Blanc de Blanc Encore - The Grand Electric (NSW)
Conceived and directed by Scott Maidment
Reviewed by Juliana Payne
The Grand Electric Sydney Weds 11 January 2023
What a way to start the theatrical year – from Amadeus at the Opera House on Tuesday, I tottered across town to the Grand Electric Theatre in Redfern on Wednesday to see Blanc de Blanc Encore. Two very different shows and venues, but both have set a very very high bar for Sydney theatre this year.
Blanc de Blanc Encore is your classic vaudeville format – a rapid fire run of comedy, song, dance, aerobatics and circus. This troupe, however, have taken it to dizzying heights of skill, style, opulence and gorgeousness. Also it is just great fun! The show is built around the ‘champagne’ theme which they use to great effect – we now have a fair idea of just how many songs of the last century were written about booze – a lot!
The Grand Electric (the ex-Giant Dwarf theatre) is an old trades-hall building with a long theatrical history, and it’s been jazzed up with a lick of paint and some interior improvements; it was wonderful to be back there.
Photos by Carly Sare
The lighting and set design by Philip Gladwell made best use of the space, with multi-levels and a thrust stage for maximum audience participation, Hollywood-strength spotlights, and a fantastic backdrop that made for razor-sharp silhouettes. The visuals were just stunning. This venue had surprisingly good acoustics too, immersing the audience in an amazing range of music from classical to Piaf to Beyonce.
Did I mention the skill of the performers? Whether it was risqué cancan in stilettos, striptease, slapstick, vamping, the pole or aerial rings, they were absolutely top notch professionals. They did not miss a beat and their delivery is sharp, precise and seamless. The range of styles they could deliver – and deliver perfectly – was breathtaking. James Browne’s costumes were sexy, gorgeous and highly flexible, perfectly suited to the lithe, toned and shapely performers who were just a joy to watch as they made the impossible look effortless.
Kevin Maher’s choreography was versatile, cheeky and perfectly suited to each song, whether it be a torch song or Scissor Sisters – the dance of the French maids (including one male!) to 'Filthy' was particularly fantastic! The couple who executed the final routine in the giant ring hanging over our heads delivered a performance that was as skilful and complex as any ballet of Romeo and Juliet, and just as moving.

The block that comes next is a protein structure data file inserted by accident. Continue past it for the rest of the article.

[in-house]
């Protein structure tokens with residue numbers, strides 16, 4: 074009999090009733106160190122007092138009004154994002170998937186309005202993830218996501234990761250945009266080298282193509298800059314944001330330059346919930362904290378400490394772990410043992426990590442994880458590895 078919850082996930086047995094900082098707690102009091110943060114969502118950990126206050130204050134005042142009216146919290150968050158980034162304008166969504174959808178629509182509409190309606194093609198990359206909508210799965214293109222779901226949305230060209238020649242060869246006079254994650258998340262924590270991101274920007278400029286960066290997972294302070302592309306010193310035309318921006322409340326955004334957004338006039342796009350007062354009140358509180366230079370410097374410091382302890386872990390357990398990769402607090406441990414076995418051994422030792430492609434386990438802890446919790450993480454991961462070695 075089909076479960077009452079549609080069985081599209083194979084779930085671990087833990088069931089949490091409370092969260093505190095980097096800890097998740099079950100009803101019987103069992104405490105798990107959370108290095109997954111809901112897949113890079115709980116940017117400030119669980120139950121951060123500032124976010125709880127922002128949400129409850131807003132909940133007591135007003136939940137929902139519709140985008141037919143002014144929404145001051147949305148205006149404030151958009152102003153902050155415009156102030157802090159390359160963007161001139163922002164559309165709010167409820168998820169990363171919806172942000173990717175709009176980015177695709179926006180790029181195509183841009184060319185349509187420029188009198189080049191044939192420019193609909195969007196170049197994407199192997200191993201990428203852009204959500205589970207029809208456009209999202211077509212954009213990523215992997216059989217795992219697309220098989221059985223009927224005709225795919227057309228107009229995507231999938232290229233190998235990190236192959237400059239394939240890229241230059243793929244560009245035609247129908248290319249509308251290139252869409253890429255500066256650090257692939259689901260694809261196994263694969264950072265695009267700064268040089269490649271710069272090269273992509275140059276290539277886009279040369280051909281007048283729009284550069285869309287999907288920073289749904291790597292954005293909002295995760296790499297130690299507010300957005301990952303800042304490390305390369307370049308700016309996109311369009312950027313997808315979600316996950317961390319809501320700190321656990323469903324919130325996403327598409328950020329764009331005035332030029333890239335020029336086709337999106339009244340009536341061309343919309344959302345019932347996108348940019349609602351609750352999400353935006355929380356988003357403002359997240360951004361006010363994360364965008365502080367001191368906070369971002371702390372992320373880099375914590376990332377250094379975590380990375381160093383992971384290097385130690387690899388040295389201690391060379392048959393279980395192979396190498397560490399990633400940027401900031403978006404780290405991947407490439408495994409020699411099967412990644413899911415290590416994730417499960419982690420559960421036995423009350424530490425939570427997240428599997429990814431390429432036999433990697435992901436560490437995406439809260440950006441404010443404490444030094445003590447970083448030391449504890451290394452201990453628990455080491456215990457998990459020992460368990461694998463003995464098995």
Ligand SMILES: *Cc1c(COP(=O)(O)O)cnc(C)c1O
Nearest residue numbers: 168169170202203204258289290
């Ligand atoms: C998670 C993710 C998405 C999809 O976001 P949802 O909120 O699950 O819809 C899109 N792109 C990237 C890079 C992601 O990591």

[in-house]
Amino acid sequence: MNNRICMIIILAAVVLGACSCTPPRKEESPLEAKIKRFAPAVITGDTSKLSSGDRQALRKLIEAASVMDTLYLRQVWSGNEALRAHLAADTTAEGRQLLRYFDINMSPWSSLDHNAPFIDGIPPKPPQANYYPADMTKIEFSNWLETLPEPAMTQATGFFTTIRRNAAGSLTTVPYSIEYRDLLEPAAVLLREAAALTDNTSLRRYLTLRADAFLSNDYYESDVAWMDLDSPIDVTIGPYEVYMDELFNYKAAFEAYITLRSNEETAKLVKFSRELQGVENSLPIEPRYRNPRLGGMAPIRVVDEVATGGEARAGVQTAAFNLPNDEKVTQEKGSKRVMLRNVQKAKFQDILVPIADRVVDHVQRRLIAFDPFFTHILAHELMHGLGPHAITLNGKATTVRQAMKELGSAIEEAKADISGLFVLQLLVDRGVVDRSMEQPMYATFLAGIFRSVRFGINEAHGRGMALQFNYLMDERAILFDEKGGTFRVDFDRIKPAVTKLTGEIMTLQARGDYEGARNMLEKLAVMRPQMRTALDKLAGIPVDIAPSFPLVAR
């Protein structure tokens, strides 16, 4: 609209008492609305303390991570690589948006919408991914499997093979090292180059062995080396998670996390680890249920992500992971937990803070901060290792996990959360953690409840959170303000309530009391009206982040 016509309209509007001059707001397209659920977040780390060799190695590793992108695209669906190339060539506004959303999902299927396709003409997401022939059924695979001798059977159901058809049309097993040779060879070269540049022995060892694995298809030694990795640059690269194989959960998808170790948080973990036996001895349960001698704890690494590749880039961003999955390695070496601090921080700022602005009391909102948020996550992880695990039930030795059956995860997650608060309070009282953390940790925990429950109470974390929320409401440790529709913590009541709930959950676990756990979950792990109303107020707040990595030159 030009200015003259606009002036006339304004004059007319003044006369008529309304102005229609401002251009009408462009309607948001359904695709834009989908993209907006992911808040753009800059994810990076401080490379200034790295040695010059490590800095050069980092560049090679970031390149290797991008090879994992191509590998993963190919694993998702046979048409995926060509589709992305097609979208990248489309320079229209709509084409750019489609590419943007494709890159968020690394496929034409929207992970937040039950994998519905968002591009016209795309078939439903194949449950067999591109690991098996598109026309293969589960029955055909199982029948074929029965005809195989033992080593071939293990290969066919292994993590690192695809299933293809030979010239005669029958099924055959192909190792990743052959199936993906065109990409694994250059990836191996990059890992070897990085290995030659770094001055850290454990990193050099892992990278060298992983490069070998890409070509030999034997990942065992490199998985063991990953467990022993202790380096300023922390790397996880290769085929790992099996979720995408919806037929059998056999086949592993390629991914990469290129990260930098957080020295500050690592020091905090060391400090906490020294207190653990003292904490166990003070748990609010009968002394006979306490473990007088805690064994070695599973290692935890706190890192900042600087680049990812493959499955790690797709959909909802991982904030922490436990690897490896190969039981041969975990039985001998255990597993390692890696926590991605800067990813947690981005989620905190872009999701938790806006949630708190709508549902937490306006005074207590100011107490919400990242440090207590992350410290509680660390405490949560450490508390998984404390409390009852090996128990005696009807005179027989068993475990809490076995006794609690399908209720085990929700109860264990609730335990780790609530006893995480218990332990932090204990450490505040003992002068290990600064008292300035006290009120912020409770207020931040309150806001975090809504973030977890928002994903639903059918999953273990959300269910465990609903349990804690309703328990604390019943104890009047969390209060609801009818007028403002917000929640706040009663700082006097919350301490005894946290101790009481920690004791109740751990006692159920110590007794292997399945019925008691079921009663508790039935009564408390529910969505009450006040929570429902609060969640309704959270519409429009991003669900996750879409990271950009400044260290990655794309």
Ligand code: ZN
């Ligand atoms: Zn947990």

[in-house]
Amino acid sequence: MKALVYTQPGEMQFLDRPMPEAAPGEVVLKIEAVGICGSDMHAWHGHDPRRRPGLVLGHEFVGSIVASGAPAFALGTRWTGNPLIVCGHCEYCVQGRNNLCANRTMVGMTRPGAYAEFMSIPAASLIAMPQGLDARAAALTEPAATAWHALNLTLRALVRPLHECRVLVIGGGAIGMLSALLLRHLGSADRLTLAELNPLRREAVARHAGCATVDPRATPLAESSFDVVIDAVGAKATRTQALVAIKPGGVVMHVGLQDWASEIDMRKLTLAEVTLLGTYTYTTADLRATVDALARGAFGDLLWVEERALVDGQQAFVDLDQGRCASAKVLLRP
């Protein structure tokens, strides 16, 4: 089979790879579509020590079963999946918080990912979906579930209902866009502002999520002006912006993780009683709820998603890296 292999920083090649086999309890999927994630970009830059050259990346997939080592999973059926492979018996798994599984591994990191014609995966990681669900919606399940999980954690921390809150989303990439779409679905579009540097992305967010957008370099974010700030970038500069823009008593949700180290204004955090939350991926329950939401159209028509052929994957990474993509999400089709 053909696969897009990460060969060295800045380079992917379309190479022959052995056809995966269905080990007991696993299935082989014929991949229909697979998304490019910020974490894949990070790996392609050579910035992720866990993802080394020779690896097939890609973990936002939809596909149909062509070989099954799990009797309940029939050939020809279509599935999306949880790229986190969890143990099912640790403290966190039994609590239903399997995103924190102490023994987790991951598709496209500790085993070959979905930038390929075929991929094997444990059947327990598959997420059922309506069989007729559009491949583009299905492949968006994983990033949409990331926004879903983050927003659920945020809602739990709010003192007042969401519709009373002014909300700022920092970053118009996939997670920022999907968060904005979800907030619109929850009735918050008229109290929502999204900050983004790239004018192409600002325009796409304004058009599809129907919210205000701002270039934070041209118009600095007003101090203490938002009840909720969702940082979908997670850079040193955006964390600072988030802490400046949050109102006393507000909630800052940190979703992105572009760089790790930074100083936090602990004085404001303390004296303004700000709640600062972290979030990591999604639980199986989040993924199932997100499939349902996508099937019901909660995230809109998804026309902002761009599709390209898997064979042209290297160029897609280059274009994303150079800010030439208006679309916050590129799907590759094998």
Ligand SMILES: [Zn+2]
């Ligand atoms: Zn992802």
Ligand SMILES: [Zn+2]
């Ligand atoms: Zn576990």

In between the songs, dance and circus, Remi and Felix provided the comedy – the French grandsons of Benny Hill and Phyllis Diller, whose uncles might be Jacques Tati, Dean Martin and Jerry Lewis. With their outrageous French accents, they gave cringe-worthy schtick a new lease on life. Just when we were wondering why comedians would have such buffed torsos, it turned out they were also part of the final aerial act on the floor to ceiling pole, displaying amazing strength and derring-do.
Indeed all the performers were multiskilled and versatile, and just so damned talented – how do you lie back and balance two parasols on one foot while spinning three flags on your other limbs, and look absolutely gorgeous while doing so? Bravo to Caitlin Tomson-Moylan, Charles-Éric Bouchard, Félix Pouliot, Joe DeSoto, Melanie Hawkins, Mirko Köckenberger, Remi Martin Lenz, Skylar Benton, Spencer Craig, Tuedon Ariri, Emile Mathieu and Emma Philips.
I see in the credits there is a “Magic Consultant” called Richard Pinner. Whatever he did, the crew certainly got full value out of him. Together they wove a glittery feathery net around the audience that held us in thrall. This show casts a spell over the audience and transports us away from the mundane for a couple of hours to a glorious, glamorous world from which I did not want to return. You should let them take you there too.